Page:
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  • No Lip Service Writers

J Matthew talks sentimental songs and creating in the great outdoors



Photo credit: Hyghly & Arthur


Hailing from Toronto, J Matthew is well versed in the art of romantically-charged sonic goodness. Armed with a distinct lyrical depth, if he were to put ‘Alchemist’ at the top of his resumé, nobody could question it. Following the growth of a superbly varied catalogue with releases like ‘A House Is Not A Home’ reaching over 200k streams, the unique talent has recently returned with his latest romantic offering ‘Best Friend’.


J Matthew sat down with No Lip Service following the release of his latest single, speaking on his creative process, places from which he draws inspiration and how he defines success. Giving us a much anticipated insight into his headspace, join us for a chat with the Toronto talent.



Hey J Matthew, how are you doing?


Great, Thank You!

Your latest release ‘Best Friends’ has just dropped for all the romantics, would you tell us a little bit about how you created it?


While working with one of my producers “Gheeski”, the instrumental spoke out to me as something sentimental and romantic. I wanted to make a song that could connect to people in relationships. To me, it is important to see your partner as your best friend, someone you can be open with, and and talk to about anything.



Your background is definitely an interesting one, you’re very in tune with the inequalities of today and your desire to make a difference is inspiring. What was it that initially made you make the bold move into the spotlight?


I always felt that music has the power to captivate people a different way than a normal conversation about something. In music, you can find a unique way to talk about an issue or create a catch phrase. I’m a big fan of Bob Marley, and while listening to his music, he has influenced me to try and take a similar approach to social injustice when creating music. I do not want every song to be about a social issue, but I plan to have some that relate to social inequalities of today.



Now we’ve got a few fun quick-fire questions for you, are you ready?


Yes, let's get it!



As you champion your Toronto roots, do you find your background influences your output in any unexpected ways?


Toronto is a unique and very diverse place. There are a lot of cultures here to learn about and embrace, and so being in a city with so much culture and a diverse set of people definitely has some influence on my output. I want my music to be diverse and not always sound the same as my last song.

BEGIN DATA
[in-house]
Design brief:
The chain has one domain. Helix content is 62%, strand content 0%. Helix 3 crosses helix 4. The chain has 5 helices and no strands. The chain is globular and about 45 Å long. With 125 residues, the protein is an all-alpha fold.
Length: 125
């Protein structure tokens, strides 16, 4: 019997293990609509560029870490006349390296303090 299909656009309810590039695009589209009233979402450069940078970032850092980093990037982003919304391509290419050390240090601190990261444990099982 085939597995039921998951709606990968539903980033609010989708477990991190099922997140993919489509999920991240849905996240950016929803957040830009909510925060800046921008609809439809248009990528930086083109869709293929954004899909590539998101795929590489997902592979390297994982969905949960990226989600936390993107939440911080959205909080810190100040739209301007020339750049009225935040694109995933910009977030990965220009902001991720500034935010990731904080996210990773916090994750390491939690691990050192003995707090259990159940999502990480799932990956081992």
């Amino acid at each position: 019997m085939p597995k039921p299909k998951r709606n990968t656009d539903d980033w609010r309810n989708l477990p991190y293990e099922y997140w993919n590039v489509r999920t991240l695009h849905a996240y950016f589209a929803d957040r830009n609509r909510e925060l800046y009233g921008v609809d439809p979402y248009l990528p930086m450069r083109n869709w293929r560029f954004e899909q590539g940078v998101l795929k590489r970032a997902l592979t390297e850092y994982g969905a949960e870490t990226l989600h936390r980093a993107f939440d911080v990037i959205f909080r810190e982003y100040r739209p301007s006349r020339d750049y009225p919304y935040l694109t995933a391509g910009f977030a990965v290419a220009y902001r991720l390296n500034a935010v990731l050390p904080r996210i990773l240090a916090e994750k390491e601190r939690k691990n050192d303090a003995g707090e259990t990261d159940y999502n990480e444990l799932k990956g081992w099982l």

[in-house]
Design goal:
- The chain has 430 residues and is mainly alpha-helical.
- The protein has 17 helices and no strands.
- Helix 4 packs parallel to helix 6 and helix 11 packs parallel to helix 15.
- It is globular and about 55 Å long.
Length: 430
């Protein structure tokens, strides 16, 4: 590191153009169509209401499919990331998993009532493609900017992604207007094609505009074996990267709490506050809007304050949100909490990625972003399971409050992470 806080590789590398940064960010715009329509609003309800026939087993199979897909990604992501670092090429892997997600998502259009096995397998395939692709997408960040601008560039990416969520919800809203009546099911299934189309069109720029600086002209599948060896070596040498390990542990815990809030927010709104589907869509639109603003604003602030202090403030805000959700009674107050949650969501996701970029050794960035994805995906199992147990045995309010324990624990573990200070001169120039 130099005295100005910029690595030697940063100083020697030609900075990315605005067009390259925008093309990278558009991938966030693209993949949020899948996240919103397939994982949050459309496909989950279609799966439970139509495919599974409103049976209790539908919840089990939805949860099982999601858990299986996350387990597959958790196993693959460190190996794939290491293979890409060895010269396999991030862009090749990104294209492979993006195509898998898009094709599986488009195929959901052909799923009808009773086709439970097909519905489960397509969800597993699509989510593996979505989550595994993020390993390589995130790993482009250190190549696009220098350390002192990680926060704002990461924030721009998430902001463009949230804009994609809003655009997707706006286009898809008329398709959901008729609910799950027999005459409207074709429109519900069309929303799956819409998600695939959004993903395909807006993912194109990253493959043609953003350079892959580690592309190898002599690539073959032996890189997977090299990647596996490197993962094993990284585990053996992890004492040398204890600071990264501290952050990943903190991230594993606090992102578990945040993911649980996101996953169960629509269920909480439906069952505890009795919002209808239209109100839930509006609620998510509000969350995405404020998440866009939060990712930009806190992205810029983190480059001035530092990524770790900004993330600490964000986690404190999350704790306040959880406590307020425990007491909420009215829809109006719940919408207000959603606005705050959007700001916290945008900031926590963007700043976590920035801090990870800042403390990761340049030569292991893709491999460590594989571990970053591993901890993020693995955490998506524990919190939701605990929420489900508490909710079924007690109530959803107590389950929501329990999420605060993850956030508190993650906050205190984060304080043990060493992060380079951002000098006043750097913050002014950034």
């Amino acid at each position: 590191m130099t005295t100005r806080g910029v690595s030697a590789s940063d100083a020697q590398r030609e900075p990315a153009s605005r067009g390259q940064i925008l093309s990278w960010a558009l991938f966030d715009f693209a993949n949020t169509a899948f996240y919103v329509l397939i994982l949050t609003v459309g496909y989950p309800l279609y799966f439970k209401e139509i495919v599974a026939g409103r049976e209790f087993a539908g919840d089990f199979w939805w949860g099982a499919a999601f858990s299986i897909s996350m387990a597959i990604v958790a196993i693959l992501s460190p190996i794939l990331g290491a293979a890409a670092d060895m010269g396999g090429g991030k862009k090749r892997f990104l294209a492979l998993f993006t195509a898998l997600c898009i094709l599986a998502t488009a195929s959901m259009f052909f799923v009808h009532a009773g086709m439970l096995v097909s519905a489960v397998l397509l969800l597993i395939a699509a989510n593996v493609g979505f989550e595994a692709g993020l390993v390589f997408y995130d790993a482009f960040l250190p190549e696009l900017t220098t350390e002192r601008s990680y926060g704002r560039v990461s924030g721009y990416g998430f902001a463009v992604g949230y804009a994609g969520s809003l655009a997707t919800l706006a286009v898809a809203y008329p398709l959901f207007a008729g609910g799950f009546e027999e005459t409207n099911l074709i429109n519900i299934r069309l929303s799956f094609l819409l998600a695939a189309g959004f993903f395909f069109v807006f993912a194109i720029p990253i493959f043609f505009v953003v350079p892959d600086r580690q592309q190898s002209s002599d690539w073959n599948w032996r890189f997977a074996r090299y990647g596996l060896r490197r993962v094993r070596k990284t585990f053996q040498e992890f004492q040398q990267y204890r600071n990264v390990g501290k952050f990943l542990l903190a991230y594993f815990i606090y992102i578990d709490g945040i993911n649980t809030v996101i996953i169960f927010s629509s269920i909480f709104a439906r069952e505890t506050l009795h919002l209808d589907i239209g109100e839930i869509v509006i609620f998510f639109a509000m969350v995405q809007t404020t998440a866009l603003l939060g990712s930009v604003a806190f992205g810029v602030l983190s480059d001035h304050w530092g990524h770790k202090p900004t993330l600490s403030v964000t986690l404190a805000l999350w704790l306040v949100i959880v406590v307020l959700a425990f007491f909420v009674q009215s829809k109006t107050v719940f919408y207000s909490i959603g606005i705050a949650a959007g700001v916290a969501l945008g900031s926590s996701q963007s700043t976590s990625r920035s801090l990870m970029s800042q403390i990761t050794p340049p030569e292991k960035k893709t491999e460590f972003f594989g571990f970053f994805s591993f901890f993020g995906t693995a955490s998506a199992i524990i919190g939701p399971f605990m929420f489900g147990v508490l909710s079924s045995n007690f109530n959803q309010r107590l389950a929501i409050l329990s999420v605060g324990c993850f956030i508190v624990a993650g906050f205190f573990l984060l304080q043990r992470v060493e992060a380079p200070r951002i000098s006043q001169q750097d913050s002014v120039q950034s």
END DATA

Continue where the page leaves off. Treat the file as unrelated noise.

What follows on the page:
What is your favourite time of day to create?


My favourite time to create music is at night. I find the daytime rush can make it challenging to create. In the evening, I notice my mind is more calm and relaxed.


Where do you seek inspiration?


My life experiences inspire me to create music that people can relate to. I also enjoy being in natural environments like a forest, or by a lake. These places allow me to have a clear mind to create music.


What’s the most weird and wonderful thing about your creative process?


I often try and come up with concepts while I’m driving. If i have a instrumental that I’m writing to, sometimes I will play it on repeat as I think of a melody and lyrics.


If you could perform anywhere in the world, where would it be and why?


I always wanted to perform at the Rogers centre in Toronto. It is the biggest venue we have available and I think it would be something special to sell out the show in your hometown.


If you had to sacrifice one skill, which would you least like to let go, and why?


I would least like to let go of my vocal skills. Vocal training requires commitment and persistence. It takes a while for an artist to develop their voice, and as they continue to practice they gain a better control of your voice. Vocal training is important to me because it allows you to become a better singer and have a better sound.


How do you define success as an artist?


To me, success as an artist means being consistent and working hard to make your music improve. When an artist is recognised for their music, and their music is remembered for a lifetime is what to me, makes an artist successful.


How do you see your sound evolving in the next couple of days years?


I constantly see my songwriting and melodies improving. When working on new music, I always try to find ways to improve. I also am planning on working on more collaborations with other artists to create music that I wouldn’t necessarily come up with by myself. I think collabs help with an artists creativity and getting new inspirations.


'Best Friends' is out on streaming platforms now. Check it out below:






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